In a question about the strengths and weaknesses of the district, Barbosa provided a long answer, most of which was borrowed from at least three other school board candidates—in Washington State, Virginia and Broward County—whose web pages had gone up either months or more than a year before Barbosa’s.
In education, plagiarism is considered a cardinal sin, with many a career derailed because of the offense. Politicians’ careers are often damaged, usually not fatally, by revelations of plagiarism: Joe Biden ended his bid for the presidency in 1988 after his unattributed repetition of a speech by a British political leader came to light. But he kept his Senate seat and went on to be Barack Obama’s vice president 20 years later. Last month, Montana Sen. John Walsh, a Democrat appointed to the seat, with high hopes of retaining it in November, saw his electoral fortunes darken when The New York Times revealed that a quarter of his master’s thesis at the United States Army War College was lifted and unattributed from other sources.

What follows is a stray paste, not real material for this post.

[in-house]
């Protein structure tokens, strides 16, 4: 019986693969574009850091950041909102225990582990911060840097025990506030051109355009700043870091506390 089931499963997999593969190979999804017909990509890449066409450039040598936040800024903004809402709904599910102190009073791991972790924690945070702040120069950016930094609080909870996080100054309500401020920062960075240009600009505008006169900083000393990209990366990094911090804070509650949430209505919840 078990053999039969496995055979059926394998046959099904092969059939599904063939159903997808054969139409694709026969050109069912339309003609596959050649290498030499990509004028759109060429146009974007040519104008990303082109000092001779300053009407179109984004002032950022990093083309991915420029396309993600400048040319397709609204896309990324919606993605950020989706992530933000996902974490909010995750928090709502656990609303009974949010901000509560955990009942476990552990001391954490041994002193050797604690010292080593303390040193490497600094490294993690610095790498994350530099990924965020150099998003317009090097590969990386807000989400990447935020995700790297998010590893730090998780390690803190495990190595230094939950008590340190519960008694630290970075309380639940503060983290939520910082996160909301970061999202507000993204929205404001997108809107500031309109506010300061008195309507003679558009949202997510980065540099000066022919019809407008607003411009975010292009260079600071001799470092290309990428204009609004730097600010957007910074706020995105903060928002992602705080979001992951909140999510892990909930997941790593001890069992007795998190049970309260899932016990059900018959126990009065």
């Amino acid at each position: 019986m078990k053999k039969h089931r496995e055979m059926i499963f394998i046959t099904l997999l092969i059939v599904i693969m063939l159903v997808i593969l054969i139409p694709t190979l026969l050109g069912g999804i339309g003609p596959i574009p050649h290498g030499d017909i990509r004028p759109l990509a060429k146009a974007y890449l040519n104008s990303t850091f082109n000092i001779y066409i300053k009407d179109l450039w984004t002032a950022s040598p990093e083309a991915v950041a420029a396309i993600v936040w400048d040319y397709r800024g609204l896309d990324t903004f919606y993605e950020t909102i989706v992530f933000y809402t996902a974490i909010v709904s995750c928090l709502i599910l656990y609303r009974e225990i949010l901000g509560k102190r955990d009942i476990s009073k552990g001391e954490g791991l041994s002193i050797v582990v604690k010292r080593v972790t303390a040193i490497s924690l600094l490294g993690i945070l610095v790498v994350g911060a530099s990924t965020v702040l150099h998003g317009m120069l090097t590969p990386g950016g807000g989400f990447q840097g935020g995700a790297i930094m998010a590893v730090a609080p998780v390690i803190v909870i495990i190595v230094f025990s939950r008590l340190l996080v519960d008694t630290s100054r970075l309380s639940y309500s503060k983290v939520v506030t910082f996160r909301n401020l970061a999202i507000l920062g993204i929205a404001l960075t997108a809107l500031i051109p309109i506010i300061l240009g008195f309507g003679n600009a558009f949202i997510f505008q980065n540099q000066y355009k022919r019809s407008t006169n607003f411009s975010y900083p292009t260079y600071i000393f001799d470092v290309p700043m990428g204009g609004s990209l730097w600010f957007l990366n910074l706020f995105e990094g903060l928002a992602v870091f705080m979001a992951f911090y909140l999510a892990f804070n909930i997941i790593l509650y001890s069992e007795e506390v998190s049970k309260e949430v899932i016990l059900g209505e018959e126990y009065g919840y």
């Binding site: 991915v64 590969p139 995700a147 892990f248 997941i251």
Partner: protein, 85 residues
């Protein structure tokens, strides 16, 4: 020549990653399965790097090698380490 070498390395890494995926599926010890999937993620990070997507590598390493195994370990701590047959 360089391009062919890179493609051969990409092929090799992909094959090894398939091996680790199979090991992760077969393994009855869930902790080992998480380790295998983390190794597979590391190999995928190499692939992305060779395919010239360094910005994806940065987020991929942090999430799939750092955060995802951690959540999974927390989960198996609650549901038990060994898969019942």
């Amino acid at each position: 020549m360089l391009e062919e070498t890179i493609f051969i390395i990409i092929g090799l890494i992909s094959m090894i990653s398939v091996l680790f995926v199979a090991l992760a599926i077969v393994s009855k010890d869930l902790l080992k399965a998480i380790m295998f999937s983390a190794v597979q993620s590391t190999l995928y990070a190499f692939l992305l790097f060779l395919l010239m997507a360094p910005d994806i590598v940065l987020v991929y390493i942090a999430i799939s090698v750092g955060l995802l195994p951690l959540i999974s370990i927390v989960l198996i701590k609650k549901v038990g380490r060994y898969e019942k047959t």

The Flagler County School Board had a very public plagiarism controversy nine years ago. Then-School Board Candidate Jim Guines brought to the board’s attention that the district’s mission-statement-like list of principles, which had been published in small pocket-size fold-outs and nicknamed the “bus pass,” had been lifted from the Ritz-Carlton’s “Gold Standard,” without attribution.
The pass was the idea of then-Superintendent Robert Corley, who had attended a conference at a Ritz-Carlton before producing the pass. For a time Corley defended the document, saying the hotel chain had given permission to use the text but asked that it not be attributed. But the controversy grew, with one board meeting drawing 100 people after Guines had publicly denounced the superintendent’s actions, according to the News-Journal at the time.
The school board eventually had the document reworked. “This is not for the sake of the administration, the teachers, the superintendent or school board,” Conklin said at the time, in comments reported by the News-Journal. “This is for the sake of students that we have to be a role model to. Whether we got permission or not, we did not cite it properly.”